Great Highway wall of RVs targeted by new proposal

Great Highway RV

For anyone with a big truck or camper, the Lower Great Highway might seem a wide-open paradise of plentiful parking and infrequent street sweeping. But residents near one stretch of this street hope that a new proposal before the Board of Supervisors Tuesday will keep these vehicles from turning their neighborhood into a storage yard and prevent them from providing a wall that blocks illicit activity from the view of the public and the police.

“It’s looking like a large-vehicle storage area,” said John Zwolinski, who lives in the outer Sunset District near the Lower Great Highway and Golden Gate Park. Zwolinski also heads up a neighborhood watch group.

Zwolinski believes that many of the trucks and RVs parked on Lower Great Highway belong to people from other parts of San Francisco who find his neighborhood a convenient place to park their vehicles for free. And since City street sweepers only come once every two weeks, once a truck is parked it may not move for days.

“It’s almost impossible to tell” for sure if someone is living in the RVs parked in the area, said Zwolinski. But regardless of whether the vehicles are occupied, he said, he’s seen problems crop up when long strings of them are parked together.

“Oversize vehicles are taking up all the parking along certain corridors in the neighborhood, they’re blocking police line of sight on these streets, they’re causing blind spots in intersections. It’s dangerous,” he said.

“Behind these large vehicles the police can’t see to the side of the road. We’re finding illegal dumping. Litter. Needles. People are feeling uncomfortable … because it’s concealed. It’s providing a screen.”

These residents have taken their concerns to Supervisor Carmen Chu, who has proposed legislation to let City parking officials restrict where vehicles larger than 22 feet long or 7 feet high can park between midnight and 6 a.m. The San Francisco Board of Supervisors is scheduled to hear the proposal at its Tuesday, Sept. 25 meeting after the Land Use and Economic Development Committee sent it through unanimously Sept. 17.

This is all old hat to Ramona Mayon, who for years has lived with her husband, Greg, and their children in an RV on Lower Great Highway.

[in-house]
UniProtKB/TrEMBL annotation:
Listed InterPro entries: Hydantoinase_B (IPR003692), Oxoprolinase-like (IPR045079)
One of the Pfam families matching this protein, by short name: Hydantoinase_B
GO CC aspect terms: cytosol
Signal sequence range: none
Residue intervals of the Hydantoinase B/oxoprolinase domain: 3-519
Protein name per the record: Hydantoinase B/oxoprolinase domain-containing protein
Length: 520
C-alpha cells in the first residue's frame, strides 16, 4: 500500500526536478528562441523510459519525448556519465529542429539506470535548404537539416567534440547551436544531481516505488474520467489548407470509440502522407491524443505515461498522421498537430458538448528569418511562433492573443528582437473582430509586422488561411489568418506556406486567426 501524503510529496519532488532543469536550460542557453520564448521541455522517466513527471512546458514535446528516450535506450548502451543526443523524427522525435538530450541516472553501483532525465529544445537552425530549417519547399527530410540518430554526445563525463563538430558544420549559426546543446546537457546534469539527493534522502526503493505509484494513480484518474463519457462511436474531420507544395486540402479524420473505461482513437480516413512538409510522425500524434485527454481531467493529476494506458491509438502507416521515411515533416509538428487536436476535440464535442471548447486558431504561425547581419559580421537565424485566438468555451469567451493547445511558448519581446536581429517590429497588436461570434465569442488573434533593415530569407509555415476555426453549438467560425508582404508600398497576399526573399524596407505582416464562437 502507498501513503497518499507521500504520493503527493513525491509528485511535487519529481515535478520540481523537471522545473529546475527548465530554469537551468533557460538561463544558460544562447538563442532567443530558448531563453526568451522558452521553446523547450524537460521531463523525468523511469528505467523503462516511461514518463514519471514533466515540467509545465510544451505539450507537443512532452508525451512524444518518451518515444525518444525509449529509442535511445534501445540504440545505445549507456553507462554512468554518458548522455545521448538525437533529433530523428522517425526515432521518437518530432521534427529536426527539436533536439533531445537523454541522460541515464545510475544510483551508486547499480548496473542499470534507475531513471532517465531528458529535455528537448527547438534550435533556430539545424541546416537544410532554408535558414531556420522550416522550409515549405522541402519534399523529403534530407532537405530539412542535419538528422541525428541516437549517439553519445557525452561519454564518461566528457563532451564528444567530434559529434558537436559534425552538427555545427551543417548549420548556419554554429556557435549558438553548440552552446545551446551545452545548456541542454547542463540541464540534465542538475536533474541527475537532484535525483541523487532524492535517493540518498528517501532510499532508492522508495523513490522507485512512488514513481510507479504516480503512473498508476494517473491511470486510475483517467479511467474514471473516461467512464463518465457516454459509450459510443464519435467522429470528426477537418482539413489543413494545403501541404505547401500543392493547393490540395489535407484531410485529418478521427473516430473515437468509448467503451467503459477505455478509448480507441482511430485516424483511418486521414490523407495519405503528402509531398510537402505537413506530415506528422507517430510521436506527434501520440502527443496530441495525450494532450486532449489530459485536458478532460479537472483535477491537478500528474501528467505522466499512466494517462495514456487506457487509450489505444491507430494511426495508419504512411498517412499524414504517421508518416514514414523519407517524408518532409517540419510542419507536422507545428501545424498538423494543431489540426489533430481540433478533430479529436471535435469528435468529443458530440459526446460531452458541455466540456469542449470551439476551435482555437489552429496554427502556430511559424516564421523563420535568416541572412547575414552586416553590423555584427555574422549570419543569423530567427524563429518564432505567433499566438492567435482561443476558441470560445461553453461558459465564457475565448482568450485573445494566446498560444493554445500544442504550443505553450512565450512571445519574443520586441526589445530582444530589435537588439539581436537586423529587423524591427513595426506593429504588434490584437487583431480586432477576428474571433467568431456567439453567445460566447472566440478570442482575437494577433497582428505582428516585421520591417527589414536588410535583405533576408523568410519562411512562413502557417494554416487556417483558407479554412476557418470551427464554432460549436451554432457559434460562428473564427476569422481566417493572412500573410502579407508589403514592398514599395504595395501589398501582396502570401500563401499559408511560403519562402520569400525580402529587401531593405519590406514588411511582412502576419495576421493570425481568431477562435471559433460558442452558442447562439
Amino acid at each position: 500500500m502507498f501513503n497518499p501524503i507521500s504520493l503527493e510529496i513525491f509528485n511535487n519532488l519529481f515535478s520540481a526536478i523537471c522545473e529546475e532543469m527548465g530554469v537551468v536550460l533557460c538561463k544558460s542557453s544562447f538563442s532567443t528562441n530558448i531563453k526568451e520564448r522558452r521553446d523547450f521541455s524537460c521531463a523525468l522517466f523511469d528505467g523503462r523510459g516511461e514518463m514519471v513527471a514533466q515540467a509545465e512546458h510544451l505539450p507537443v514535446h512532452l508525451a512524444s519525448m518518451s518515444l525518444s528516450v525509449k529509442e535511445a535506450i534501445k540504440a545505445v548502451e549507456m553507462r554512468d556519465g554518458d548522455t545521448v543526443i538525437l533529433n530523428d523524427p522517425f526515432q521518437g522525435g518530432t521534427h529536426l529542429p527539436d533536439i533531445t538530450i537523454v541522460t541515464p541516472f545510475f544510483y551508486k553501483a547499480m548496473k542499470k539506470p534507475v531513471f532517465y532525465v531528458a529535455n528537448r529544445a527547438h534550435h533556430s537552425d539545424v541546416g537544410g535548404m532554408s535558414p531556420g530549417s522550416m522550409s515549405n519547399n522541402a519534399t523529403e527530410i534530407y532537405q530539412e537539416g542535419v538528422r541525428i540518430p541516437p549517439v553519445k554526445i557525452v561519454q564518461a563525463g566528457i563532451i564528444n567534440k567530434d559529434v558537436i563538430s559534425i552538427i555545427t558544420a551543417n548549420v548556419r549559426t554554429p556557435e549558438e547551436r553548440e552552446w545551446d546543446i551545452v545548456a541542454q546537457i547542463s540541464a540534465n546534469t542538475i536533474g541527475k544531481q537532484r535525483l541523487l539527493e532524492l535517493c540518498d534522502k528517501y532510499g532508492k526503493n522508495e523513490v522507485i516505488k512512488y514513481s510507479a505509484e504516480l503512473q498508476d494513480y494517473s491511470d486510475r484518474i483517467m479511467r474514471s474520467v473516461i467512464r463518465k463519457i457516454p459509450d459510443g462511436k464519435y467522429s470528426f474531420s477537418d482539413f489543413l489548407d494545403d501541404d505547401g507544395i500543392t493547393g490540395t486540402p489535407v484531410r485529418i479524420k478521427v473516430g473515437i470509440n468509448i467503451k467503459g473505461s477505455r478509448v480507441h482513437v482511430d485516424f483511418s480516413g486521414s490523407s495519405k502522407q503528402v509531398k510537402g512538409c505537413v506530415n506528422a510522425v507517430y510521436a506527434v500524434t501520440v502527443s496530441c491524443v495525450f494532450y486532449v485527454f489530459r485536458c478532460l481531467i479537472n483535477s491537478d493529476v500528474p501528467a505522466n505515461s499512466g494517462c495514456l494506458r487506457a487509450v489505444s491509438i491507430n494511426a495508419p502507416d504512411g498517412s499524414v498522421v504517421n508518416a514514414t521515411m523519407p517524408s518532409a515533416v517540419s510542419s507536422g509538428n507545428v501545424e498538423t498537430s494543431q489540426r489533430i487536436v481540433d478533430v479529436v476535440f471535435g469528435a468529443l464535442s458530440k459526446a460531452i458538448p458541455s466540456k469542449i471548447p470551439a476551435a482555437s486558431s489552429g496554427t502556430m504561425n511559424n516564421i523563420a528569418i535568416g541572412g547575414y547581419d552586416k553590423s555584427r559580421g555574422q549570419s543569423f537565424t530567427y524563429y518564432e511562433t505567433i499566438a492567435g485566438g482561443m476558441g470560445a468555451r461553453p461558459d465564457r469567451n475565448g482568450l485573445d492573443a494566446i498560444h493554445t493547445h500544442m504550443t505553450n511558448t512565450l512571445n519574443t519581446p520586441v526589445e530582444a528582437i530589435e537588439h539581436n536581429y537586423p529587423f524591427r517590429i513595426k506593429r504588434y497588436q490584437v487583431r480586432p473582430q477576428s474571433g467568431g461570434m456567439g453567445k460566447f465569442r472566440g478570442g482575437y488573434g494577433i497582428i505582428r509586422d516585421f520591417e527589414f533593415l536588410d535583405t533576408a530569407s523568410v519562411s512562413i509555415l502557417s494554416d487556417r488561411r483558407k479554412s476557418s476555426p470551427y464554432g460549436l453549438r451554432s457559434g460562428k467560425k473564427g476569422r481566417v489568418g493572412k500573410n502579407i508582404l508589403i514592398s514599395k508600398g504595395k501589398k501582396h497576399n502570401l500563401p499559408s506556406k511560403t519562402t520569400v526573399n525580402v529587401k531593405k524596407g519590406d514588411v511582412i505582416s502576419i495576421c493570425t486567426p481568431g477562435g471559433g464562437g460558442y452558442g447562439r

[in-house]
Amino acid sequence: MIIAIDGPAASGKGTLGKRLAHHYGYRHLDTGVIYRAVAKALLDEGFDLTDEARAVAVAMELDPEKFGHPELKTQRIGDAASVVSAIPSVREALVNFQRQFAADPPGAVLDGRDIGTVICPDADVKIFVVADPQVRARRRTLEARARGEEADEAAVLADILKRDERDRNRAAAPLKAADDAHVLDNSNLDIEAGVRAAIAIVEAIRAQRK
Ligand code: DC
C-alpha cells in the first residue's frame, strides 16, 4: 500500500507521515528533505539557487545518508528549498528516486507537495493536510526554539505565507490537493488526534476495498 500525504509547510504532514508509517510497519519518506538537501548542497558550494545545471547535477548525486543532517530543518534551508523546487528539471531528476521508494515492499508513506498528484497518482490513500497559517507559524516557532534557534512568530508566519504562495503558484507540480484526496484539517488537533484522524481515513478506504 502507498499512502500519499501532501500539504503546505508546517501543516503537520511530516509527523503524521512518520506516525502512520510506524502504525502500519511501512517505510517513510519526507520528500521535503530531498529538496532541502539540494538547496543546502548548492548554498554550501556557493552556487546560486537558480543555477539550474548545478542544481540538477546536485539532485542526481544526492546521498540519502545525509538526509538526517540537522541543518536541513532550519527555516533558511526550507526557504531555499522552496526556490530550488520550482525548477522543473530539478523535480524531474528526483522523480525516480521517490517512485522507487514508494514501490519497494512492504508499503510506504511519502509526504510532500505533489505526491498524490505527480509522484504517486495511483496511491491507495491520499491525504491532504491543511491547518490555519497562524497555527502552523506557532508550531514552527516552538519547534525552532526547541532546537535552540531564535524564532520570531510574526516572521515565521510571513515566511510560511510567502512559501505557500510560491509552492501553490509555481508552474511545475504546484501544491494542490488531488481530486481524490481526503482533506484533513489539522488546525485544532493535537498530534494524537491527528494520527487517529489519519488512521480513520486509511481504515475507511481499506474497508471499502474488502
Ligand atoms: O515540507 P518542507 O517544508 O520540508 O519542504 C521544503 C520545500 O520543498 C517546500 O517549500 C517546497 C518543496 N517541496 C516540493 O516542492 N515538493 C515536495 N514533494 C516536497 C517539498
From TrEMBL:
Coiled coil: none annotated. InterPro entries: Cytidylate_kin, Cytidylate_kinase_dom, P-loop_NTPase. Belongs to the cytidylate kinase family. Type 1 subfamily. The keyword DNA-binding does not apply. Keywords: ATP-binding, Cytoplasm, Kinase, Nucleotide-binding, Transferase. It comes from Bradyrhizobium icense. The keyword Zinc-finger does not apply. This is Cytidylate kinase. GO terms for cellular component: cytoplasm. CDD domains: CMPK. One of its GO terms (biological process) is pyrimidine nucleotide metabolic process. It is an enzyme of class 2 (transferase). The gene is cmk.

“We’ve been fighting City Hall since 1997,” she said on a recent Sunday morning at the table of her new RV as Greg and their son Merlin — a junior at the Richmond District’s Washington High School — watched a football game on television.

Mayon, whoidentifies as an American Scottish Traveller, says she’s never lived in a stationary home and doesn’t consider herself homeless. She says there’s a worldwide pattern of persecution of nomadic people, and chronicles her views about that persecution and living in an RV in San Francisco in her blog.

“We understand the other side’s problem,” Mayon said. But she said there aren’t any viable alternatives for mobile homes in San Francisco.

“There’s nowhere else for RVs to go.”

Chu, who represents District 4 at the board, said the issues surrounding big trucks and RVs parking on neighborhood streets affect many neighborhoods.

“This is not a unique Sunset District problem,” she said.

In fact, a 2011 report by the San Francisco Municipal Transportation Agency states that 33 percent of the oversize vehicles parked in the city were found in District 10 and 29 percent in District 6. District 4 still had the third-most trucks and RVs in San Francisco: 16 percent of the oversize vehicles in the city, or 74 vehicles. District 10 Supervisor Malia Cohen signed on as a cosponsor of Chu’s legislation in committee.

The Board of Supervisors can’t directly impose parking regulations, Chu explained. But her proposed legislation would allow the SFMTA to restrict the overnight parking of large vehicles in certain zones.

Among the first areas that could be affected by new parking rules:

  • Great Highway between Lincoln and Sloat
  • Lincoln Way between Great Highway and Stanyan